Your main narrating perspective tells the story out of the sight of the 15 years old girl-agent Lucy. Was it special challenge for you to choose a female point of view for your story?
I did find it something of a challenge, but I quite liked it for that reason. I’ve tried writing from a girl’s perspective before: half of Die Spur ins Schattenland [The Leap] is narrated by a girl called Charlie, and great chunks of the Bartimaeus books followed (though they weren’t narrated by) my female heroes Kitty and Asmira. For Lockwood, I thought that a first person narration might be important, so that the ghost scenes could gain extra power and immediacy, and I also wanted to avoid a male persona that might veer us too close to the voice of Bartimaeus. So I picked on Lucy. Having her as my intermediary allows us to view Lockwood himself from close quarters, but helps retain his air of mystery, which will carry over into future books in the series. Meanwhile, her own psychic sensitivity (she listens to ghosts) is slightly at odds with those of Lockwood and George, and may take the team in interesting directions.
Are you determined to write series? And what`s the reason to present the Lockwood & Co books in a construction in which every book self-contained? How many books may we expect in the future?
I’m not wedded to writing series. My first three novels were stand-alones, and Heroes of the Valley, which I think is one of my best books, was always planned as a single, self-contained tale. But there are certain advantages to developing series. It allows you to slowly develop a complex, consistent world, and gradually uncover the personalities of your characters as they explore it. In a way, too, the explorations of the heroes mimic my own writerly explorations as I figure out the implications of the world myself. Having said that, I do want each book to have its own coherent structure, and to work on its own terms. With the Bartimaeus series, I tried to give each novel its own distinct flavour (The Golem’s Eye is quite gothic and political, for instance; The Ring of Solomon is perhaps lighter and more playful), and I’d like to give the books in the Lockwood series their own identities too. I’m not sure how many titles there will be yet: I have plans for several more, but I’m trying to keep it open-ended, so that I can respond to all the new ideas that crop up as I write.
The world of ghosts is wide open now. What can we expect from the future “Lockwood”–stories? Do you think, we will meet ghosts of famous persons and the agency expands with some new characters?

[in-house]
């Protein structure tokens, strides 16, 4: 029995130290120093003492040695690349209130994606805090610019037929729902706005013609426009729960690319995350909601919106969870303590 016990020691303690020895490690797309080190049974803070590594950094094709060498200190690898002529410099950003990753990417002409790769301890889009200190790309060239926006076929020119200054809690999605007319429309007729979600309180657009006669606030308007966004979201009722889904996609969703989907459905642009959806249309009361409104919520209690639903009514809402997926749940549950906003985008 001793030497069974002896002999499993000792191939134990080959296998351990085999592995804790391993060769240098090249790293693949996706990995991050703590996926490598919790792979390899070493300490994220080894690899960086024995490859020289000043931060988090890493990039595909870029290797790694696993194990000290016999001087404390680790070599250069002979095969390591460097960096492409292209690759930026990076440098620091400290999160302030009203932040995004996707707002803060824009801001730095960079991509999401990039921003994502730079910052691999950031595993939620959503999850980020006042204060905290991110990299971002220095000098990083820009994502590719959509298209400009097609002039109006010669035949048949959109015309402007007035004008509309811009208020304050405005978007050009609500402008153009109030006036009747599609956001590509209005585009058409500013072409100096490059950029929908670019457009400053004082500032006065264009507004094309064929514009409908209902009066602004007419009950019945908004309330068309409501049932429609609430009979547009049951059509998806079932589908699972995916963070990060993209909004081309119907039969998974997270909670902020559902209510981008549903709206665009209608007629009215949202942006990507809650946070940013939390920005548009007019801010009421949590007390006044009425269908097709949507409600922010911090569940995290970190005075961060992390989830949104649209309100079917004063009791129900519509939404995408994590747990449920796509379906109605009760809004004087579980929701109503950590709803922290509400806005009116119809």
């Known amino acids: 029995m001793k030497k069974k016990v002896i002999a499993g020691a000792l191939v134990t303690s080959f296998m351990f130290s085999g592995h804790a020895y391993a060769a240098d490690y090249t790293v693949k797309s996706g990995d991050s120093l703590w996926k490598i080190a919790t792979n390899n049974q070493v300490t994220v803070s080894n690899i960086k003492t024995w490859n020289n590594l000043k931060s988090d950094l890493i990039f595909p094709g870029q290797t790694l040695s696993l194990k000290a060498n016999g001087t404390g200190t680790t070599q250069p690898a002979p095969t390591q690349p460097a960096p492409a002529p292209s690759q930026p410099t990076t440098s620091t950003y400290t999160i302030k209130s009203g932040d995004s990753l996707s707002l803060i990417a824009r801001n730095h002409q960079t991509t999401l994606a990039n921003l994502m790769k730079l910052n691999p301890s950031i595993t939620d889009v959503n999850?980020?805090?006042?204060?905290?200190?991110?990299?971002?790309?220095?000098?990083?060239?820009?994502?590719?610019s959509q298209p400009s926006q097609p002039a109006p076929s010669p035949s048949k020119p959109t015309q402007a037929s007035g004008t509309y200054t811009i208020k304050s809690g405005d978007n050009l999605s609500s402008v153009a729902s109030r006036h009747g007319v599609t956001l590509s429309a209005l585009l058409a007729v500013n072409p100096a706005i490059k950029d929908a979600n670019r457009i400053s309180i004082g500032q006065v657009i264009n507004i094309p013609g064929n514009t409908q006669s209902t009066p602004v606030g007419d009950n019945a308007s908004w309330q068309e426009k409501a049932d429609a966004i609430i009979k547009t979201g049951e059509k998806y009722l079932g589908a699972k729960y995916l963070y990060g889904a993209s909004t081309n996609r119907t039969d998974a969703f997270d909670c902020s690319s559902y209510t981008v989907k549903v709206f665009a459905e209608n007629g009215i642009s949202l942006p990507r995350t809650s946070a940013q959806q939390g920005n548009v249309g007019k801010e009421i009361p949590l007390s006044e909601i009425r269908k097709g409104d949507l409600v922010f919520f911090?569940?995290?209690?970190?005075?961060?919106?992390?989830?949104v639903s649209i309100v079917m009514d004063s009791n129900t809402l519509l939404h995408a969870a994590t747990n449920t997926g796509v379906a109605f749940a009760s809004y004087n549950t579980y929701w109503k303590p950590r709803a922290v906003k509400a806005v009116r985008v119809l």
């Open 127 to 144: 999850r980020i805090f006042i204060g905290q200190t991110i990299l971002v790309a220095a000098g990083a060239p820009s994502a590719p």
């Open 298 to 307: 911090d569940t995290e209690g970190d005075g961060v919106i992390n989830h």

There will be plenty of new characters, that’s for sure. I deliberately kept „The Screaming Staircase“ fairly tight and small-scale, because I wanted to focus on the three main characters and the way they operated together. The second book, which I’m writing now, promises to work on a wider canvas, with lots more locations around London, and plenty of new characters from all across the city’s stratified society. There’ll be night-watch kids and black marketers, and powerful agents and businessmen, and many new categories of ghost thrown in. It should keep me busy for a few months! Oh, and I like the idea of famous people turning up in ghost form… We’ll see. The great thing about breaking apart the barrier to the afterlife is that many strange things become possible that wouldn’t work in an ordinary tale. As long as I keep the rules clear in my head (strong rules being the fundamental necessity in all fantasy), I should be able to have a lot of fun…
The wise tablecloth… more than a normal blanket on a table in your story. It is a kind of mind mapping method because the agents use it as a diary and they communicate with short notices when they don´t want to talk to each other. Have you hidden a secret method of dispute settlement in Lockwood & Co?
Ha ha, yes! And I haven’t explored the real possibilities of that tablecloth yet. The idea was suggested to me by my eight-year-old daughter, and I at once thought it had all kinds of interesting implications. It could be used for humorous reasons (George writes rude notes and pictures on it), but also for some serious figuring out, or for urgent communications. You’re right that it could be a short-cut leading to the inner lives of our heroes, and I’m quite sure it’ll have some very important plot role in a future adventure. This is the kind of little detail that comes to fruition steadily, book by book.
No Literatwo interview without our very special last question: Which question would you like to answer in an interview? The only problem: no one asks you the question!
Where have you been happiest?
And now finally our last and very surprising question: Where have you been happiest? 😉
1. Summit of Crinkle Crags, Lake District, England
2. Walking above the Lauterbrunnen Valley, Bernese Oberland, Switzerland
3. On any outbound journey, with my family at my side.
Thanks a lot, Jonathan for all these interesting answers. We wish you all the luck of your life with your new series „Lockwood & Co„.